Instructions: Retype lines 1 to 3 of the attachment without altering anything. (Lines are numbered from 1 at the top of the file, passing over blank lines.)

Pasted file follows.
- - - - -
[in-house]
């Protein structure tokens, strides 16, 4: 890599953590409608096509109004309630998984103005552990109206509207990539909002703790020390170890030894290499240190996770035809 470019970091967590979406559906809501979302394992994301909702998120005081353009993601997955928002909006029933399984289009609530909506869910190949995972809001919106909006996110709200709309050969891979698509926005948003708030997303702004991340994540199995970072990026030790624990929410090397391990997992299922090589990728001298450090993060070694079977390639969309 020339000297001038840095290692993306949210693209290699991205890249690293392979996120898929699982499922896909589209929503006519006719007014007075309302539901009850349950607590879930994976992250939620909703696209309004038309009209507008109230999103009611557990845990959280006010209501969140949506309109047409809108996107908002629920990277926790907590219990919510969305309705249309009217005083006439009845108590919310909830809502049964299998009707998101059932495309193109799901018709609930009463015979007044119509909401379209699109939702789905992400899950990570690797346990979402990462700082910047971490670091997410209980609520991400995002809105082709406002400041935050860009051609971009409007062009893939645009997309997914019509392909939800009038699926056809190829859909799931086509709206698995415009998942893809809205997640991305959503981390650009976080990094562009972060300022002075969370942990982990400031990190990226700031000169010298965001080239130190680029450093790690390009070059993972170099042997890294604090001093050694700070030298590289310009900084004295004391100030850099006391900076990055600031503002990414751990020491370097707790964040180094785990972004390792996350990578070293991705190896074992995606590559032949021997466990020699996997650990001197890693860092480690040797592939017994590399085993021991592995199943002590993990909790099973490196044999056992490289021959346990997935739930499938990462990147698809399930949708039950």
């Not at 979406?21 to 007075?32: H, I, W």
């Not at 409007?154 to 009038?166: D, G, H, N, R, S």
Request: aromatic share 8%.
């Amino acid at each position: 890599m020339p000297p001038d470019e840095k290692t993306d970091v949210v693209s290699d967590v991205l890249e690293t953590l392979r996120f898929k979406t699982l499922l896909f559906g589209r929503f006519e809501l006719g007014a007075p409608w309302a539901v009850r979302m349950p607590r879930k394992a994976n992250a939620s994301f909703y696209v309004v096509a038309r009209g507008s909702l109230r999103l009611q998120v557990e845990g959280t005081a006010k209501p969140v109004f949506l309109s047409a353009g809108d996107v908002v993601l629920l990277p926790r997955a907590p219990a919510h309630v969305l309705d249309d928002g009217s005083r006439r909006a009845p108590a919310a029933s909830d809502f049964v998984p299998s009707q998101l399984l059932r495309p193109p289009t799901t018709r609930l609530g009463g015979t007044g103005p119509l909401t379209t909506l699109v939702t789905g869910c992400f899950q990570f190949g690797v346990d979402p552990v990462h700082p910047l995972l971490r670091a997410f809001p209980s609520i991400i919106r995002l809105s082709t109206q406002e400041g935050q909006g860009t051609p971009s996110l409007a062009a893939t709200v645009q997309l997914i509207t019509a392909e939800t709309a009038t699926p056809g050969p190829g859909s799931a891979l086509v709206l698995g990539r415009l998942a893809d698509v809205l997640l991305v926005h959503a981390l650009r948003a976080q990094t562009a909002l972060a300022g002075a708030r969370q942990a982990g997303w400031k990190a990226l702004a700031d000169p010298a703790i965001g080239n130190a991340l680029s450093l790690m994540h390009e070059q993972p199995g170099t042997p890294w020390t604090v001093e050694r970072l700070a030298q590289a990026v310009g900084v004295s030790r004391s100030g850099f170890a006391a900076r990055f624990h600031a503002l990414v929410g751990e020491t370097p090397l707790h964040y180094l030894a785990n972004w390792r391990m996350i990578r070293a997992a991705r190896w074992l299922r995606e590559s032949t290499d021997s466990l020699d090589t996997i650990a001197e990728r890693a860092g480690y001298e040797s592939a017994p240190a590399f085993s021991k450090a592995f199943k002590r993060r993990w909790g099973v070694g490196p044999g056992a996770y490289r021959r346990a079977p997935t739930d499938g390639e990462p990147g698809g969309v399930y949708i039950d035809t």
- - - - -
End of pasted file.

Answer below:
[in-house]
């Protein structure tokens, strides 16, 4: 890599953590409608096509109004309630998984103005552990109206509207990539909002703790020390170890030894290499240190996770035809 470019970091967590979406559906809501979302394992994301909702998120005081353009993601997955928002909006029933399984289009609530909506869910190949995972809001919106909006996110709200709309050969891979698509926005948003708030997303702004991340994540199995970072990026030790624990929410090397391990997992299922090589990728001298450090993060070694079977390639969309 020339000297001038840095290692993306949210693209290699991205890249690293392979996120898929699982499922896909589209929503006519006719007014007075309302539901009850349950607590879930994976992250939620909703696209309004038309009209507008109230999103009611557990845990959280006010209501969140949506309109047409809108996107908002629920990277926790907590219990919510969305309705249309009217005083006439009845108590919310909830809502049964299998009707998101059932495309193109799901018709609930009463015979007044119509909401379209699109939702789905992400899950990570690797346990979402990462700082910047971490670091997410209980609520991400995002809105082709406002400041935050860009051609971009409007062009893939645009997309997914019509392909939800009038699926056809190829859909799931086509709206698995415009998942893809809205997640991305959503981390650009976080990094562009972060300022002075969370942990982990400031990190990226700031000169010298965001080239130190680029450093790690390009070059993972170099042997890294604090001093050694700070030298590289310009900084004295004391100030850099006391900076990055600031503002990414751990020491370097707790964040180094785990972004390792996350990578070293991705190896074992995606590559032949021997466990020699996997650990001197890693860092480690040797592939017994590399085993021991592995199943002590993990909790099973490196044999056992490289021959346990997935739930499938990462990147698809399930949708039950």
């Not at 979406?21 to 007075?32: H, I, W």